The jousting between Barclays Center and Madison Square Garden resonates as a significant tussle between industry giants. They've been competing for content and buzz of late, and now they are going head-to-head on a mega-million dollar project on Long Island.
Barclays Center wants to renovate the Nassau Veterans Memorial Coliseum, which opened its doors in Uniondale, N.Y., in 1972. For the past 10 years, plans have been hatched to refurbish the building, which is home to the NHL Islanders. It looks like this time the overhaul will get beyond the conception stage. There are four bidders to helm the project, and the two heavyweights, Madison Square Garden and Barclays Center, are each touting their bids. (Along with MSG and Barclays Center, Blumenfeld Development Group and New York Sports & Entertainment, LLC of Long Island, are in contention to present the most promising package by July 15.)
I sat down with Barclays Center and Brooklyn Nets CEO Brett Yormark last week, and the 46-year-old executive told me why he thought the Barclays crew, which boasts the presence of Barclays developer Bruce Ratner, was the right group to refashion the Coliseum. Yormark said that if Nassau County executive Edward Mangano and the county legislature accept the Barclays bid, boxing would be a hallmark of the renovated Nassau Veterans Memorial Coliseum, much in the same way it is at Barclays.
"We've been able to do exactly what we hoped for when we opened Barclays Center and more, and that's to bring an incredible sport, boxing, back to Brooklyn, where it has a heritage, and have it flourish," Yormark said. "And in less than a year, we've been able to do that, bring an incredible sport back to Brooklyn where it has heritage. We feel there is an opportunity to take what we're doing here and replicate it in Long Island."
The Barclays package is slated at $229 million, which includes a retail component, a movie theater, restaurants and an ice rink in the winter. They are touting their team, which includes concert giant Live Nation, rapper Jay-Z and his Roc Nation company, and the architects and designers who conceived of the Barclays structure. Seating capacity at the overhauled Coliseum would be 13,000, and there would be an inside theater, which could house smaller events with seating in the 4,000-8,000 range.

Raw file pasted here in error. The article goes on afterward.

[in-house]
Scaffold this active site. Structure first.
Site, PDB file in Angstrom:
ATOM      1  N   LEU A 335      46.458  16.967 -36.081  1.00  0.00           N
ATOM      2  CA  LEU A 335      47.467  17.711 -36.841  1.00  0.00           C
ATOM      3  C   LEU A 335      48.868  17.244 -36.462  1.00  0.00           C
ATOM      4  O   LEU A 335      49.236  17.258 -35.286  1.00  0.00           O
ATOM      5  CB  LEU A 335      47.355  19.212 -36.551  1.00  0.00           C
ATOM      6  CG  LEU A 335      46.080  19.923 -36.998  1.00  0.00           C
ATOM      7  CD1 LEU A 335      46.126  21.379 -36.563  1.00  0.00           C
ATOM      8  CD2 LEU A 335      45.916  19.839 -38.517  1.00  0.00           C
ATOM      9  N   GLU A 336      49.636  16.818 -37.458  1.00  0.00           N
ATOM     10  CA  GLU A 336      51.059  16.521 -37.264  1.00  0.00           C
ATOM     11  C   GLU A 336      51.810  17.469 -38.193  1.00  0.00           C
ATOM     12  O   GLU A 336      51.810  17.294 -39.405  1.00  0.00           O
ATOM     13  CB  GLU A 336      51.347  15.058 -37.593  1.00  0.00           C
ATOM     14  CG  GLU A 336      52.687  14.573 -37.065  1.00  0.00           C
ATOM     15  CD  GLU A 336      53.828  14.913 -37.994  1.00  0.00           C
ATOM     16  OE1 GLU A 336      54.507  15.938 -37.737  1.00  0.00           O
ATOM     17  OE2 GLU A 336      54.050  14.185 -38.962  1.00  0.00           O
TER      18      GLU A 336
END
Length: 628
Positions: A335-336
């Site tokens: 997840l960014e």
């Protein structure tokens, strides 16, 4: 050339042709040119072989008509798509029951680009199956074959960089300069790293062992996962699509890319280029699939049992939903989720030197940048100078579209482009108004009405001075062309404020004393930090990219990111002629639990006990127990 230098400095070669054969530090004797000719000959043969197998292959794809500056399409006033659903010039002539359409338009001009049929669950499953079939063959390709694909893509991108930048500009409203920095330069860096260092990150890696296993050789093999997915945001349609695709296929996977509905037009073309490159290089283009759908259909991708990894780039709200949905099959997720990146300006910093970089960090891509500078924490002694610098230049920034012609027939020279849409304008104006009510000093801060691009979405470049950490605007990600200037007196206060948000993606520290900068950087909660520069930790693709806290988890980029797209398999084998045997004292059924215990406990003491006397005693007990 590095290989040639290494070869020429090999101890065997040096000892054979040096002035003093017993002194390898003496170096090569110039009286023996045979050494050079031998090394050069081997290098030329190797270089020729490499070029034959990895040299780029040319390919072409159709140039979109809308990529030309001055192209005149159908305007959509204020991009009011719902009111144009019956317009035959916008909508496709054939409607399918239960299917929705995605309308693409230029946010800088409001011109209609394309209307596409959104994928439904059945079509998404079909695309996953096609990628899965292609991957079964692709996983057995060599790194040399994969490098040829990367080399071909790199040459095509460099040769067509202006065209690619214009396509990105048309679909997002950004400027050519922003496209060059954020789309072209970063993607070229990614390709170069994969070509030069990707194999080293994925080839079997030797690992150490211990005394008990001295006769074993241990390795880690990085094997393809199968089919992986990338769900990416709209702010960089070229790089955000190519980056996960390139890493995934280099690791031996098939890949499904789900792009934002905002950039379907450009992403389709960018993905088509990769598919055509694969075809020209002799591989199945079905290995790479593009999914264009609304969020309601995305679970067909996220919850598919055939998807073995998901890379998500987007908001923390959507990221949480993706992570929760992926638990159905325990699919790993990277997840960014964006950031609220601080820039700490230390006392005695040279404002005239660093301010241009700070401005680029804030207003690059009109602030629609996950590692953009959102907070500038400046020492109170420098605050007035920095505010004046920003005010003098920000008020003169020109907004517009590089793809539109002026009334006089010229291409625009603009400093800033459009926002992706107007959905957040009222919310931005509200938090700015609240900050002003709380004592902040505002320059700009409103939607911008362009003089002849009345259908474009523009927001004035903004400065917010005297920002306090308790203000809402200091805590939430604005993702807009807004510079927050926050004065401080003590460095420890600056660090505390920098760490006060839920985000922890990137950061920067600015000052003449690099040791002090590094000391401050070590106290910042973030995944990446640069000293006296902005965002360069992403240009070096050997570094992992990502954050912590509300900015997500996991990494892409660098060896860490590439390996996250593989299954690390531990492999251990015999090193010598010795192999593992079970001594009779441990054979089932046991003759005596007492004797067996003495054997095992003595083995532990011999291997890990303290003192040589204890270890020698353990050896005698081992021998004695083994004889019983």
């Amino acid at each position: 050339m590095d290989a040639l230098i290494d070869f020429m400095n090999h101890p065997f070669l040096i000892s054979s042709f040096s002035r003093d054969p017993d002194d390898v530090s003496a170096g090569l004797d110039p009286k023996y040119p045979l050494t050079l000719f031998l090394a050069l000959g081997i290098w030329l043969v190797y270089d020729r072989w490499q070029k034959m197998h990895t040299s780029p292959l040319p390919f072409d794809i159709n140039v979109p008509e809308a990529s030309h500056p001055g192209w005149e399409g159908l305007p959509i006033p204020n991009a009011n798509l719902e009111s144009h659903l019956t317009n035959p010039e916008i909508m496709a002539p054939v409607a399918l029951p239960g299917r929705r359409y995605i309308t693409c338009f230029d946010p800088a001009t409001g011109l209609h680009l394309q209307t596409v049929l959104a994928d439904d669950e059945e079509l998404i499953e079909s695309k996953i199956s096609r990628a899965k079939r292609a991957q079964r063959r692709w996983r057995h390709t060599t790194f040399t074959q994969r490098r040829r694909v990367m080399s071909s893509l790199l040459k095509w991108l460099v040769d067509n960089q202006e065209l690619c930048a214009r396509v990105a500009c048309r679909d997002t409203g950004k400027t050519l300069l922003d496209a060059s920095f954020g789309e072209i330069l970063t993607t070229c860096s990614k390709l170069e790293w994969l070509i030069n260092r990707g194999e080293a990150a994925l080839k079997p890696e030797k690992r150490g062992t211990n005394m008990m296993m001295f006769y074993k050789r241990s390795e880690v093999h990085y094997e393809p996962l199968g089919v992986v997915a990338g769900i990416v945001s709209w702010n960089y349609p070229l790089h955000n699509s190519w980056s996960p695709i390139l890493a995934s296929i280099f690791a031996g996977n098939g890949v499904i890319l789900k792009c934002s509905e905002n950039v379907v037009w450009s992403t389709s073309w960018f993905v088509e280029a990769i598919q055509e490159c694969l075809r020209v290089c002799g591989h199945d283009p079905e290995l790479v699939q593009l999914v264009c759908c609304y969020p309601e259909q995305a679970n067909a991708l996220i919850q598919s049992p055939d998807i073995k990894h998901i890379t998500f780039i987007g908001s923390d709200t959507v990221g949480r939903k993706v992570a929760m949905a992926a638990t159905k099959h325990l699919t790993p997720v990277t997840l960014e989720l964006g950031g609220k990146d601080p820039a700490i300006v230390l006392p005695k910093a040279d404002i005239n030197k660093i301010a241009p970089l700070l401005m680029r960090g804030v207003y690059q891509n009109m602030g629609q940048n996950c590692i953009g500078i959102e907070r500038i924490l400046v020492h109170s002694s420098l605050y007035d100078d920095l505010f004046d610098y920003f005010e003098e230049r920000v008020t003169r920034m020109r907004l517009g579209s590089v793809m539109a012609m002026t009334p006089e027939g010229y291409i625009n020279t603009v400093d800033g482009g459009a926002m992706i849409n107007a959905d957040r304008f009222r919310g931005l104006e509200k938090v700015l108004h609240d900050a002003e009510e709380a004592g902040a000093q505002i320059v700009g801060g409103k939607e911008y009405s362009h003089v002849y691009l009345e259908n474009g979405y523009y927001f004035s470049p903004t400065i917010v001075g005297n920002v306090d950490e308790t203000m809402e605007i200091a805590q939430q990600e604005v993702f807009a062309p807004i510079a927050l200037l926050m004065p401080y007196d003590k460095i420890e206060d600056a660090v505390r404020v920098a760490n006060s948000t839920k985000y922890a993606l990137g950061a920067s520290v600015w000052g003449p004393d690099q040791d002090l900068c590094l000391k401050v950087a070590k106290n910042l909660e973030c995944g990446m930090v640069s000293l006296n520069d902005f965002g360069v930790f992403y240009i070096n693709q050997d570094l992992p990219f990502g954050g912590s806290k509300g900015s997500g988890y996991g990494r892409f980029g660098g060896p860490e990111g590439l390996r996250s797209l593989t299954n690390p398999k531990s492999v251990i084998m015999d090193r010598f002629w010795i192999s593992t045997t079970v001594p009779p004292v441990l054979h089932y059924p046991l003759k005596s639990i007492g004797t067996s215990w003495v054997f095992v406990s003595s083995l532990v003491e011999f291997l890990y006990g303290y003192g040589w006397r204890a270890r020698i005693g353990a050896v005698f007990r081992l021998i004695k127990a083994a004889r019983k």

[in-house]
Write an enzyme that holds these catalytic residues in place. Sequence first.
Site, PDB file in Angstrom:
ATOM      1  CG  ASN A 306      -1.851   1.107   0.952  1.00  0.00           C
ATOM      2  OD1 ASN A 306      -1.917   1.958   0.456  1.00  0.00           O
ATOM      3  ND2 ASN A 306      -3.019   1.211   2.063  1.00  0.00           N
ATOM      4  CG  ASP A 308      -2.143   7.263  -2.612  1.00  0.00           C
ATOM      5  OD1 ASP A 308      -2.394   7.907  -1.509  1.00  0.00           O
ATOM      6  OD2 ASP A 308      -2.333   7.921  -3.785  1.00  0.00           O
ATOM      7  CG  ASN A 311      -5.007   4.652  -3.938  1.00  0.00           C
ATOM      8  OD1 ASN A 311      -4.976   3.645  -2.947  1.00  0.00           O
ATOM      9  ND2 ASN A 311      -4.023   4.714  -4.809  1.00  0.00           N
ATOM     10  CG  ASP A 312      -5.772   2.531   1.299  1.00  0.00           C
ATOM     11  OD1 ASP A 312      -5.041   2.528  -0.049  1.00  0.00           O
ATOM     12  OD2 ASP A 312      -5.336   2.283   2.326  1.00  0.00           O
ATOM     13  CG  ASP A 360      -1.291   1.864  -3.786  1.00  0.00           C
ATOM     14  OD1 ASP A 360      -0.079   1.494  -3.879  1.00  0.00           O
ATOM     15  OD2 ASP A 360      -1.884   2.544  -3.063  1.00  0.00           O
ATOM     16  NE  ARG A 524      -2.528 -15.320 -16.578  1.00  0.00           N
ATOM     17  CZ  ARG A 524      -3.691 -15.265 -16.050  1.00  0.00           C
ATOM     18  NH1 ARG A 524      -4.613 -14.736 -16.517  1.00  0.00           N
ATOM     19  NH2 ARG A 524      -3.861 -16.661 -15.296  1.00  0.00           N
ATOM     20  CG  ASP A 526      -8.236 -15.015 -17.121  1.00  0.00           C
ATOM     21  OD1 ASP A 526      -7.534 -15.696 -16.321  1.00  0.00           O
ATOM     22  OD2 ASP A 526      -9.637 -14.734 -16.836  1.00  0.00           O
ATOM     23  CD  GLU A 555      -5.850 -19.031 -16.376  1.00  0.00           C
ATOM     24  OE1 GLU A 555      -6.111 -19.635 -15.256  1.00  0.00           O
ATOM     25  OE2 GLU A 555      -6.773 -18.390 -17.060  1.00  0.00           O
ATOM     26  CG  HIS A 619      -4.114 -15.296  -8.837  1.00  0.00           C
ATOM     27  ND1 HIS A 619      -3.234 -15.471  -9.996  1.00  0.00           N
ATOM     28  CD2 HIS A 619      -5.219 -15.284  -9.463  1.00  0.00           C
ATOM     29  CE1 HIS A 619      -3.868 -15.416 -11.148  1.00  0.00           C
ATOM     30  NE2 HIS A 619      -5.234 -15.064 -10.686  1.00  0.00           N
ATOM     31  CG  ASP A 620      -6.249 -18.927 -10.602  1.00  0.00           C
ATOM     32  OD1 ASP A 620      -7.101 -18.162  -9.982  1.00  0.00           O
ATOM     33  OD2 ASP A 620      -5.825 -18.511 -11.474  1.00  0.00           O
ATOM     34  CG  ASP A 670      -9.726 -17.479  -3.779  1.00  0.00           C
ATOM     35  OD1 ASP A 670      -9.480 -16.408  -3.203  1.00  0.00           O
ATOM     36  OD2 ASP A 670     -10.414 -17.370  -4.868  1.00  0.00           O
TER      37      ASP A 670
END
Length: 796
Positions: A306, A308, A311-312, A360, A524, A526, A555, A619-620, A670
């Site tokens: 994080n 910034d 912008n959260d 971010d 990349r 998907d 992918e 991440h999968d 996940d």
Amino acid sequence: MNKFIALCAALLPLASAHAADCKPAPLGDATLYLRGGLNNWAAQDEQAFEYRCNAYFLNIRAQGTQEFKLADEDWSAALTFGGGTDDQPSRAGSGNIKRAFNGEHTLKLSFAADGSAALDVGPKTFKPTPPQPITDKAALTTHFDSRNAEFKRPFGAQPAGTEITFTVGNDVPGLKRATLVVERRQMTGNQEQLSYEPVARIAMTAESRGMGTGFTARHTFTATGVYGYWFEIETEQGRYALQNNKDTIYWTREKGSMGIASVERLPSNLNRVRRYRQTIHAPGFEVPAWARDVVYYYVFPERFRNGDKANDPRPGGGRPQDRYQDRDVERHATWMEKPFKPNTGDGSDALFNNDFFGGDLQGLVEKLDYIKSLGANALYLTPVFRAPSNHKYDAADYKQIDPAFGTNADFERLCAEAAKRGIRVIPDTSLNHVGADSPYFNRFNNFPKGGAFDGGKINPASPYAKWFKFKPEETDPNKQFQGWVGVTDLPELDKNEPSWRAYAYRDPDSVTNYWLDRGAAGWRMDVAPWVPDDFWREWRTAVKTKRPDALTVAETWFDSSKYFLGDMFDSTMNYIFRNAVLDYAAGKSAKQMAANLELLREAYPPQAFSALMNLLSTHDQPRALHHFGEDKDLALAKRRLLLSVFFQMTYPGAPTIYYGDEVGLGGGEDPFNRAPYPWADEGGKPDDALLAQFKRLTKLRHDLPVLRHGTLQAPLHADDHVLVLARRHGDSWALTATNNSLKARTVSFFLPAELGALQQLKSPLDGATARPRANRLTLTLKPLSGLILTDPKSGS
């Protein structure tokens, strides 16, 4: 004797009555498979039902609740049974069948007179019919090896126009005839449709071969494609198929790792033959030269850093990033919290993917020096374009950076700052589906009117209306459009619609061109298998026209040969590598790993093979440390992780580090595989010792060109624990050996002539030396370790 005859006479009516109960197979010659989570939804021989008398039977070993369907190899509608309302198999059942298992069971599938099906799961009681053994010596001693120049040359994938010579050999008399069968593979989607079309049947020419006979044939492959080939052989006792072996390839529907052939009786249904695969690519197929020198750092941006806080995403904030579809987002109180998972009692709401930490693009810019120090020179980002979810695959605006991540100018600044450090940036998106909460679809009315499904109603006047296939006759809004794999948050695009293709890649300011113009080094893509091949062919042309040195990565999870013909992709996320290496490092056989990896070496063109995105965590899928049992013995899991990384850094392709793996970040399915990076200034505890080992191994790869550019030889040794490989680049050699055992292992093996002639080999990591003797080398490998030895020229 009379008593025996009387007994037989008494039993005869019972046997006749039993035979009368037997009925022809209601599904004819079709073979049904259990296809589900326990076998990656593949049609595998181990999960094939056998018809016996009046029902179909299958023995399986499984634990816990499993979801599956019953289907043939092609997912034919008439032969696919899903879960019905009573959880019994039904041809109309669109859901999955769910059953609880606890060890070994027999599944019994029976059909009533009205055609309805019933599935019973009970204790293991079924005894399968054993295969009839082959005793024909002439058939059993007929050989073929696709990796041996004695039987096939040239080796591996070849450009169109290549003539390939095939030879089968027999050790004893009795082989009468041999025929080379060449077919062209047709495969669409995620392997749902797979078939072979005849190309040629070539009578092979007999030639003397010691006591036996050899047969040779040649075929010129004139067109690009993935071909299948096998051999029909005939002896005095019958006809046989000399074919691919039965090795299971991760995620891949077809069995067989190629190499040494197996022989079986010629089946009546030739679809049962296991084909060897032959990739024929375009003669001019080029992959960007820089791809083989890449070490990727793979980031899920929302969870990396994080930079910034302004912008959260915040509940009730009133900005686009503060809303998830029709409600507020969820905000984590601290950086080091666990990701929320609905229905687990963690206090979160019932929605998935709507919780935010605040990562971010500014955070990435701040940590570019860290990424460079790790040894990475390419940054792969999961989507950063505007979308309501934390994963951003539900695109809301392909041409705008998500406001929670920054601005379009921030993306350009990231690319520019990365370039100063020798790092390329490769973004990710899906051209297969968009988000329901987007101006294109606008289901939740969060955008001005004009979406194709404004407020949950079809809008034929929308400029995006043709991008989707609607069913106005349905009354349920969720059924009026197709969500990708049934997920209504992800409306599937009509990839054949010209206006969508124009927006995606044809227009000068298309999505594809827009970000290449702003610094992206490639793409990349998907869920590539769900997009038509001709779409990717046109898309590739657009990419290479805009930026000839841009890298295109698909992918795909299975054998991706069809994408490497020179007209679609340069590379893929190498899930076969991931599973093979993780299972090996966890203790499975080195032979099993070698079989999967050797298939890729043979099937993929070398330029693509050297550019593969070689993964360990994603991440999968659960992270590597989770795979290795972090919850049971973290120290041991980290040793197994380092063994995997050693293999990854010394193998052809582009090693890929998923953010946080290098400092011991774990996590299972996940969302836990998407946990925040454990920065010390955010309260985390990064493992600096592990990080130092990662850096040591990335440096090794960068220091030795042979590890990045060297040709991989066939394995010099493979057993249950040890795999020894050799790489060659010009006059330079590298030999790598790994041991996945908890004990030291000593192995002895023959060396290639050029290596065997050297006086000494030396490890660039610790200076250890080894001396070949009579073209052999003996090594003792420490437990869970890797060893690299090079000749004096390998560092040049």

I asked Yormark if there is a danger the Barclays bid doesn't get embraced because of lingering resentment that the Islanders, owned by Charles Wang, will leave Long Island and make their home at Barclays Center when their lease is up in 2015.
"I don't think so," he said. "Had Barclays not stepped up, chances were Charles Wang could have left the entire market. We plan to put six regular-season games out there. I hear from fans who are ecstatic that the Islanders will still be connected to the community. The decision will come down to who can execute, who can deliver ... and we think we've exceeded everyone's expectations."
Check back later today for specifics on how much boxing we would see at the revamped Coliseum and learn why the MSG people think their bid is best.
Follow Woods on Twitter here.